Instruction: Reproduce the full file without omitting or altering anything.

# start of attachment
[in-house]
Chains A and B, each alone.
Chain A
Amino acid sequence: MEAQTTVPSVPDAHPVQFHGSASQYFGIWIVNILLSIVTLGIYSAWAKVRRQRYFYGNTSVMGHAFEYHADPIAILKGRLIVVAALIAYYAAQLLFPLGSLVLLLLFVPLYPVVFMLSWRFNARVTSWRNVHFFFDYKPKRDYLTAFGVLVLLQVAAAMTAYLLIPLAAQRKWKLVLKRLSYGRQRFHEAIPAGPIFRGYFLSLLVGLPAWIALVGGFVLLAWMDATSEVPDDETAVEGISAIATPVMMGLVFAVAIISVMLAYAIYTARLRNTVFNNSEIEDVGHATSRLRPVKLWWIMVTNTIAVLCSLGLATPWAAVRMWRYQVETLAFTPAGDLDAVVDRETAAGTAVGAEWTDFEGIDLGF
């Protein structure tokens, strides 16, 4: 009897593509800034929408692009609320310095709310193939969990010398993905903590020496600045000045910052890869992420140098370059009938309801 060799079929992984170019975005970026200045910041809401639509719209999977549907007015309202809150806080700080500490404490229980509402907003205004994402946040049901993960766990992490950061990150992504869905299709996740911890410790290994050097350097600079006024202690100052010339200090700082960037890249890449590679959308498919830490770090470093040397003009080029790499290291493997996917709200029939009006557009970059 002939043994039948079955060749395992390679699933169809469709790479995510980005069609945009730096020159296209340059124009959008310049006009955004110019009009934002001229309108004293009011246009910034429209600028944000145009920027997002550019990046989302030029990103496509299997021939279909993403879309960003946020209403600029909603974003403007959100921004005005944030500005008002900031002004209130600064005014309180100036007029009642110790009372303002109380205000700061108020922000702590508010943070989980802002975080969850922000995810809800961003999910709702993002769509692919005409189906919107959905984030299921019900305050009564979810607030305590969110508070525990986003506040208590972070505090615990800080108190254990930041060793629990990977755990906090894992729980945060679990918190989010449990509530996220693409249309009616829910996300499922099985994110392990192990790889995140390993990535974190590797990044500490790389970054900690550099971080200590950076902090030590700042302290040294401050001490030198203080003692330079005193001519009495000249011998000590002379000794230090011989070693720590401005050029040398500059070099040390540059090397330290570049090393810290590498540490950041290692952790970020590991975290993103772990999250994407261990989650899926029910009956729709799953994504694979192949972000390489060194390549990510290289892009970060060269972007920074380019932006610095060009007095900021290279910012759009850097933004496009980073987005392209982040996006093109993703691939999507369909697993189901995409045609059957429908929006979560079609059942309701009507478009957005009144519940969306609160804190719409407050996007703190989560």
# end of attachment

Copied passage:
[in-house]
Chains A and B, each alone.
Chain A
Amino acid sequence: MEAQTTVPSVPDAHPVQFHGSASQYFGIWIVNILLSIVTLGIYSAWAKVRRQRYFYGNTSVMGHAFEYHADPIAILKGRLIVVAALIAYYAAQLLFPLGSLVLLLLFVPLYPVVFMLSWRFNARVTSWRNVHFFFDYKPKRDYLTAFGVLVLLQVAAAMTAYLLIPLAAQRKWKLVLKRLSYGRQRFHEAIPAGPIFRGYFLSLLVGLPAWIALVGGFVLLAWMDATSEVPDDETAVEGISAIATPVMMGLVFAVAIISVMLAYAIYTARLRNTVFNNSEIEDVGHATSRLRPVKLWWIMVTNTIAVLCSLGLATPWAAVRMWRYQVETLAFTPAGDLDAVVDRETAAGTAVGAEWTDFEGIDLGF
């Protein structure tokens, strides 16, 4: 009897593509800034929408692009609320310095709310193939969990010398993905903590020496600045000045910052890869992420140098370059009938309801 060799079929992984170019975005970026200045910041809401639509719209999977549907007015309202809150806080700080500490404490229980509402907003205004994402946040049901993960766990992490950061990150992504869905299709996740911890410790290994050097350097600079006024202690100052010339200090700082960037890249890449590679959308498919830490770090470093040397003009080029790499290291493997996917709200029939009006557009970059 002939043994039948079955060749395992390679699933169809469709790479995510980005069609945009730096020159296209340059124009959008310049006009955004110019009009934002001229309108004293009011246009910034429209600028944000145009920027997002550019990046989302030029990103496509299997021939279909993403879309960003946020209403600029909603974003403007959100921004005005944030500005008002900031002004209130600064005014309180100036007029009642110790009372303002109380205000700061108020922000702590508010943070989980802002975080969850922000995810809800961003999910709702993002769509692919005409189906919107959905984030299921019900305050009564979810607030305590969110508070525990986003506040208590972070505090615990800080108190254990930041060793629990990977755990906090894992729980945060679990918190989010449990509530996220693409249309009616829910996300499922099985994110392990192990790889995140390993990535974190590797990044500490790389970054900690550099971080200590950076902090030590700042302290040294401050001490030198203080003692330079005193001519009495000249011998000590002379000794230090011989070693720590401005050029040398500059070099040390540059090397330290570049090393810290590498540490950041290692952790970020590991975290993103772990999250994407261990989650899926029910009956729709799953994504694979192949972000390489060194390549990510290289892009970060060269972007920074380019932006610095060009007095900021290279910012759009850097933004496009980073987005392209982040996006093109993703691939999507369909697993189901995409045609059957429908929006979560079609059942309701009507478009957005009144519940969306609160804190719409407050996007703190989560």